Here in Bozeman we love to be active. From running to biking to skiing to…
Dr. Bacon here. If there is one lab that patients ask about the most, it is Vitamin D. It’s also one of the most common labs I run. This is mainly due to the fact that many of my patients are aware of Vitamin D because of the huge amount of media exposure on the subject. They’re often aware of the general importance of Vitamin D, as well as the high incidence of Vitamin D deficiency at Bozeman’s distance from the equator.
I’m glad my patients are so aware of these issues because Vitamin D testing is crucial for two reasons. First, it’s a vitamin that is critical for optimal health, playing an important role in things like building strong bones and maintaining a robust immune system. Second, extra Vitamin D is not easily excreted from the body, which means taking too much can be toxic. Add these two factors together and it becomes important for your health that you know if you need to take it or if you shouldn’t be taking it.
Is it “Vitamin D Season” Yet?
With all the media exposure of Vitamin D issues, most people have learned that active Vitamin D is mostly made in our skin when we get sun exposure. However, when I’m talking to my patients about Vitamin D, many of them are often surprised to learn that from September to May, here in Bozeman, we do not get the correct rays from the sun to convert Vitamin D. So regardless of how much sun exposure you get during those months, none of it will turn into Vitamin D.
To make things even trickier, during the months where good Vitamin D exposure is possible, you actually don’t get conversion for the entire day (this is due to the changing angle of the sun in the sky). Also, these times change throughout the Vitamin D season. Plus, during various times of the day, it takes different total amounts of time to get sufficient amounts of sunshine to convert enough Vitamin D. Sounds confusing? It is! But luckily technology is here to help. There are a number of apps for your phone that can do all these calculations for you. Our favorite one we’ve found is called dminder, and it’s available for both iPhone and Android.
Vitamin D Supplementation
Living in an area like Bozeman where you cannot always get Vitamin D from the sun suggests that some of us will require supplements during these months to maintain healthy D levels. So how do you find out if you need to start taking Vitamin D or if you need to avoiding taking it? A simple blood test will give us the information we need. I run these tests for patients in my office all the time. The test allows us to check the level of active Vitamin D in your system and then determine if you need to take a supplement and how much.
The Importance of Vitamin D
So why is it important to correct low Vitamin D levels anyway? Most of the advantages you get from having normal Vitamin D levels aren’t ones you will necessarily feel in your body. However, this doesn’t mean they are not important benefits. Quite the contrary. The most well understood benefit from having normal Vitamin D levels is protecting your bones from rickets. But Vitamin D plays other important roles in many parts of your body including:
- Immune System – It’s clear that Vitamin D has many functions in our immune system. These roles suggest that it may improve the body’s response to infection, possibly reduce the risk of autoimmune diseases (like MS, Rheumatoid Arthritis, and Lupus), and may reduce the risk of cancer. Considerable investigation is still needed but some studies have shown normal Vitamin D levels associated with significant reductions in certain cancers including breast and colon cancers.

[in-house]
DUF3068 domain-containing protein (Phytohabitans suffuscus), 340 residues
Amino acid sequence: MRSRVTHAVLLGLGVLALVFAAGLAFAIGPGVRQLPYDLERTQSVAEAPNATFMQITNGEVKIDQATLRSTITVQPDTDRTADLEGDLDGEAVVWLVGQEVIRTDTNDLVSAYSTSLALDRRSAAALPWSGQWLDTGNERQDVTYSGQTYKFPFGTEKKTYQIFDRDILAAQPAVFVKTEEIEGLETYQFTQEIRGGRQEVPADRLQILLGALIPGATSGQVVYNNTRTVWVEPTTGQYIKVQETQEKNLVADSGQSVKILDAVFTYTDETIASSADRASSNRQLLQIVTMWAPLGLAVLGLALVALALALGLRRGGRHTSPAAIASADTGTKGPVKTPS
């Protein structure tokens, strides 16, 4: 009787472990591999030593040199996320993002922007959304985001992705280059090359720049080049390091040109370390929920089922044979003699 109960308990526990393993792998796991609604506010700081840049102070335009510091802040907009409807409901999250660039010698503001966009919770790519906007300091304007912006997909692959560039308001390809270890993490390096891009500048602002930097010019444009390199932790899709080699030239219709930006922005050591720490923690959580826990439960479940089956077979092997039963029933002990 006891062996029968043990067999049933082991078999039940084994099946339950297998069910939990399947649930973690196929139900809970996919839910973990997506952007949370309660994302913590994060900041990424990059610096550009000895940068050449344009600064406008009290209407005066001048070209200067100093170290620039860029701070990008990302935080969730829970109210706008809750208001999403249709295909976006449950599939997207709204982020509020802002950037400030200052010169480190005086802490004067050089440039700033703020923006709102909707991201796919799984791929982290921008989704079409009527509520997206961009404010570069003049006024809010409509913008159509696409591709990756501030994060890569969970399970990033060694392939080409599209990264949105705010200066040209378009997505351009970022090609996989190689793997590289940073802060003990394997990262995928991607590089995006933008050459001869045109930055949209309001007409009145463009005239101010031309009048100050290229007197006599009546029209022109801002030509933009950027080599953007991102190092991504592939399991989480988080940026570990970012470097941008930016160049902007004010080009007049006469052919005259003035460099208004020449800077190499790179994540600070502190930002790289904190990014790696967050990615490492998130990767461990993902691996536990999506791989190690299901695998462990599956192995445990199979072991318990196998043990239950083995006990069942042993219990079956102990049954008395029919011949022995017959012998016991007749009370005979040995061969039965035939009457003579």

- Cardiovascular System – Vitamin D helps produce certain chemicals in the body that are important for healthy blood pressure. This suggests that low Vitamin D levels may contribute to high blood pressure.
- Endocrine System – Low Vitamin D may cause problems with insulin production and blood sugar levels, possibly playing a role in diseases like diabetes.
- Nervous System – Vitamin D plays important roles in nerve health, and low levels may lead to memory issues in people as they age. Though I have not seen research on this, I regularly have patients report improvement in mood upon starting Vitamin D supplementation, especially in relation to seasonal affective disorder.
No Too Low, Not Too High
I recommend my patients have their levels checked at least once per year to make sure they are not too low or too high. In addition, if you begin supplementing with Vitamin D, I recommend you get your levels checked three to six months after you start the supplements to see how your body is responding. Different people respond differently to taking Vitamin D: some have fairly quick improvement in their blood levels, while others can take a very long time for their levels to improve.
The reason I recommend careful monitoring is because it’s important to make sure your levels are both not too low, as well as not too high. Vitamin D can be very easily stored in the body, so too much supplementation can result in levels of Vitamin D that are too high, which can be very dangerous and toxic to the body. Luckily, if supplementation is carefully monitored, your levels can be raised easily and safely without the risk of toxicity.
If Vitamin D is on your mind, I hope this article answered any questions you might have about it. Since we don’t live in Honolulu or Miami (places with year-round Vitamin D conversion), it’s important for us Bozemanites to keep a close eye on our Vitamin D levels so we can ensure we are able to maintain that active mountain lifestyle we love so much.
Take care and be well,